Renaming a file with the Linux command line.

This is a short beginners guide on how to rename a file using the Linux command line.

The mv command.

To rename a file on Linux, you need to use the “mv” command. “mv” stands for move, which is what you are essentially doing when you decided to rename a file.

Let’s say for example that you want to rename a file called “error.log” as “error.log.old”:

mv error.log error.log.old

The command above will move error.log to error.log.old.

The interactive option.

As an added safeguard against accidentally overwriting existing files, you can use the “-i” option. This “interactive” option will ask you if want to overwrite any existing files, regardless of what permissions they have:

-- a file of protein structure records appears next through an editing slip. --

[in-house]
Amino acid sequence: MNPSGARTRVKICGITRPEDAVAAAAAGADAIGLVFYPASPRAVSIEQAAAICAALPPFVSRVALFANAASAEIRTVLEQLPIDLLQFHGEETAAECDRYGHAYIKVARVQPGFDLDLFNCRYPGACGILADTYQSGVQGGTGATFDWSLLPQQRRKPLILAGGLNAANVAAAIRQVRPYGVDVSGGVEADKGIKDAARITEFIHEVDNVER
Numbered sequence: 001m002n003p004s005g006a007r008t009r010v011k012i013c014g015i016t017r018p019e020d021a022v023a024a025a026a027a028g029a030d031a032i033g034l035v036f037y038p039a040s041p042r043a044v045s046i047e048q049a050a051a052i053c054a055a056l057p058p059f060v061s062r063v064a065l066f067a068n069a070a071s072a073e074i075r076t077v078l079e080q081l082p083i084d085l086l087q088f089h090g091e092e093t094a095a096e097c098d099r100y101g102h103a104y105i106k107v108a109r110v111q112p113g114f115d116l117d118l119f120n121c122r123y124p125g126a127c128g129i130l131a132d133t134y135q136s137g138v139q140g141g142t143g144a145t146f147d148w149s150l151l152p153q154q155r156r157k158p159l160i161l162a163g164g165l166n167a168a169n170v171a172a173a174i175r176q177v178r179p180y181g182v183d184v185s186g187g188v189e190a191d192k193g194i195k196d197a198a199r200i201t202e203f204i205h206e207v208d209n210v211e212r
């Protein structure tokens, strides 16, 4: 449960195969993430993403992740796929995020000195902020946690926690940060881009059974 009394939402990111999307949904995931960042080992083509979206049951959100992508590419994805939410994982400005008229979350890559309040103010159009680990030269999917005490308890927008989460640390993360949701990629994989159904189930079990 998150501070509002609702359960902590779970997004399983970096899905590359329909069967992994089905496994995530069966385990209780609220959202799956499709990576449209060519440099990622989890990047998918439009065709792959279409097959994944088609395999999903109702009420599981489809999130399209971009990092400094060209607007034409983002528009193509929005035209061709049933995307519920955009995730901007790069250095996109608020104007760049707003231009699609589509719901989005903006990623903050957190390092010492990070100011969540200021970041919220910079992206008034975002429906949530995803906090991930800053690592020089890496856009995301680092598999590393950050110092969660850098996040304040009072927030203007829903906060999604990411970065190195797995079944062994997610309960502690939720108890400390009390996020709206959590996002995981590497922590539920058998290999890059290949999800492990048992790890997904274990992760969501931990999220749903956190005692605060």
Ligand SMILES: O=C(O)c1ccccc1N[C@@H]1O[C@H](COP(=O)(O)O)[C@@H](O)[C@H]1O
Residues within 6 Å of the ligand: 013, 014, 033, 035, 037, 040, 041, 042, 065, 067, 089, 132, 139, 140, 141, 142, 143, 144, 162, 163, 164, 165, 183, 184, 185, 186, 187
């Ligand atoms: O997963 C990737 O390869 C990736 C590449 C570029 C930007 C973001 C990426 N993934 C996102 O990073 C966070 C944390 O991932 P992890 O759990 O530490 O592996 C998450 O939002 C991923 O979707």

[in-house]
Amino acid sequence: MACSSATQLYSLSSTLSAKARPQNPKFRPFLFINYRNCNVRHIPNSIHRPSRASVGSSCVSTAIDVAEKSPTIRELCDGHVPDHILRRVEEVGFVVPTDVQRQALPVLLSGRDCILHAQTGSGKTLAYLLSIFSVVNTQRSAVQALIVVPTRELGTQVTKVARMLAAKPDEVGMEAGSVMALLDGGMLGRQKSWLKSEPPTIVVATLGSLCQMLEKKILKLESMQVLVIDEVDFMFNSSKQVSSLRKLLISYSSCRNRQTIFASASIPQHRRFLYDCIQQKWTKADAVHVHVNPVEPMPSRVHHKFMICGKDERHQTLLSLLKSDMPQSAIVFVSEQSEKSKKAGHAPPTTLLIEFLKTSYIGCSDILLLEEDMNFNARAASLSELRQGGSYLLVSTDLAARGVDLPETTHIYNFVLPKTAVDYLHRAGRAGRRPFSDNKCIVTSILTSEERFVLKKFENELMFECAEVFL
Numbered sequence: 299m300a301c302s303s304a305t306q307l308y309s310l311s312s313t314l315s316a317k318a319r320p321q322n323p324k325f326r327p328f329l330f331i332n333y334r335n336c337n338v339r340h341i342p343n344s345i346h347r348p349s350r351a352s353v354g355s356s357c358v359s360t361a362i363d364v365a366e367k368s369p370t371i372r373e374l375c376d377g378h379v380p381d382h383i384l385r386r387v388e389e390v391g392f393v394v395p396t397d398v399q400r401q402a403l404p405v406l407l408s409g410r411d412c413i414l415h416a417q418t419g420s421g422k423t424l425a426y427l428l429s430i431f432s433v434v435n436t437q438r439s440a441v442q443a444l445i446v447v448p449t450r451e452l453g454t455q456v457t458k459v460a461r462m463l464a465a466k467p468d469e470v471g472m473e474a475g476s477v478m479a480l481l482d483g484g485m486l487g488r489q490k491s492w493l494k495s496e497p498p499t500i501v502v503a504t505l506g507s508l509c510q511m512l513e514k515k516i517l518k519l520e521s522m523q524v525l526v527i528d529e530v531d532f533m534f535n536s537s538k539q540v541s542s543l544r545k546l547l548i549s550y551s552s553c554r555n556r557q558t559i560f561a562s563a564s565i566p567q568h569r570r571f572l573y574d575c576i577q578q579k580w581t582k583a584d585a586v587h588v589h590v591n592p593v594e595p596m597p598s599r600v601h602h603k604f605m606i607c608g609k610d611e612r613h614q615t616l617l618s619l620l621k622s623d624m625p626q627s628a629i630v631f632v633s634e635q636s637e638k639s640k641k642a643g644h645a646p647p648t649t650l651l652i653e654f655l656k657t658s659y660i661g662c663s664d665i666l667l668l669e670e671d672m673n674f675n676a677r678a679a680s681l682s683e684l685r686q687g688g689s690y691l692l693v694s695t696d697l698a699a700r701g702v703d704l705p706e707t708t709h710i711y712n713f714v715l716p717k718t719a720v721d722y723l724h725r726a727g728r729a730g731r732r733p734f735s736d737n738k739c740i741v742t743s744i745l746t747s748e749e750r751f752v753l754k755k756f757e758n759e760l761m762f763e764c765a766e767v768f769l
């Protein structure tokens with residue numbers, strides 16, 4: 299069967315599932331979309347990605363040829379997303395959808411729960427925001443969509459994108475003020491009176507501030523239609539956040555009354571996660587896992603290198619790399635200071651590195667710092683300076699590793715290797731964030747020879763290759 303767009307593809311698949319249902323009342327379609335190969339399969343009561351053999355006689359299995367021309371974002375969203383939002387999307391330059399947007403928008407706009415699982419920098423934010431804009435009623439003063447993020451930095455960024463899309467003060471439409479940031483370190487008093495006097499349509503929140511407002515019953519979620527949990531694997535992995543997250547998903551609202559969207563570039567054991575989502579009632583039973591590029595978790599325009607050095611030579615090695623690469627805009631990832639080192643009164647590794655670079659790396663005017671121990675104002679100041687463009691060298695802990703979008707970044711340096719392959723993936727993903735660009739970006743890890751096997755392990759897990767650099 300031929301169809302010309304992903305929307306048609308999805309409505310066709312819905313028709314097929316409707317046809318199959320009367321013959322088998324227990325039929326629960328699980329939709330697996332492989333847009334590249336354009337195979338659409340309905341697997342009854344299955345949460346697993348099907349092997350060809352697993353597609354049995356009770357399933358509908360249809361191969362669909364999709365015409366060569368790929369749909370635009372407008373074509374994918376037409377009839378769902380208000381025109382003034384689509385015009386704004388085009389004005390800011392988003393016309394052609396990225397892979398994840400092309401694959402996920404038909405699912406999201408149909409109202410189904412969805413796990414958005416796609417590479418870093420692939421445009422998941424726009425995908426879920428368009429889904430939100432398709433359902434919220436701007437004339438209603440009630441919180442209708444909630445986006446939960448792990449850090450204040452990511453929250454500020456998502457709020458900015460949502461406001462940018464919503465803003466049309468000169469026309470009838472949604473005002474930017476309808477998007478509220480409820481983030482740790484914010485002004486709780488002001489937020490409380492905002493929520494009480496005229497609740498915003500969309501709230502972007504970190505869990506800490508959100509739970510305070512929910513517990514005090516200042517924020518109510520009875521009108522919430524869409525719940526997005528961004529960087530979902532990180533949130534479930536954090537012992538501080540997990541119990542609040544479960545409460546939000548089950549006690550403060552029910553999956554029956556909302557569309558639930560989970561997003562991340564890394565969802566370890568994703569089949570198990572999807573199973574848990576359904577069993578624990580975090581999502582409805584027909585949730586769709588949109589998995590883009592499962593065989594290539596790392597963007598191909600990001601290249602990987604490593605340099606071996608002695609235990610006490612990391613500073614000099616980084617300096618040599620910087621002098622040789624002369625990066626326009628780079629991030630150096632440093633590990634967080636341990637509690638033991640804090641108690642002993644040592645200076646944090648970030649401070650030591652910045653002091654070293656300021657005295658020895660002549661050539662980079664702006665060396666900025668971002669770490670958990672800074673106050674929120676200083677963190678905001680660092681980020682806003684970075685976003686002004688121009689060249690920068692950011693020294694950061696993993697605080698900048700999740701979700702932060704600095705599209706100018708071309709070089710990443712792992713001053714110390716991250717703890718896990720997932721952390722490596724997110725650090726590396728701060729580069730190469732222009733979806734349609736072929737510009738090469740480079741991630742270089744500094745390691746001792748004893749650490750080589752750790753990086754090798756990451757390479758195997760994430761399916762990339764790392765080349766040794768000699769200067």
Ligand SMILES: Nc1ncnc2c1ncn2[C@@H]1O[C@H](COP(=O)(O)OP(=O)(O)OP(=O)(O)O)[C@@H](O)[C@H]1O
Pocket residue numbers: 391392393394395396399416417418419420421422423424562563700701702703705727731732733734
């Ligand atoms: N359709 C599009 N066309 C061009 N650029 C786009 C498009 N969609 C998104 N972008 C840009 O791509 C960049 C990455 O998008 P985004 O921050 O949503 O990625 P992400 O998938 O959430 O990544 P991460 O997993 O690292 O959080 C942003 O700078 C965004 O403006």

mv -i error.log error.log.old

If “error.log.old” already exists, you will be asked if you want to overwrite it or not. This may help to prevent a situation where you overwrite a file that you do not want to overwrite.

Using full paths.

Finally, here is an example of the mv command being used with full paths:

mv -i /var/log/error.log /var/log/error.log.old

Hopefully, you found this short post useful.

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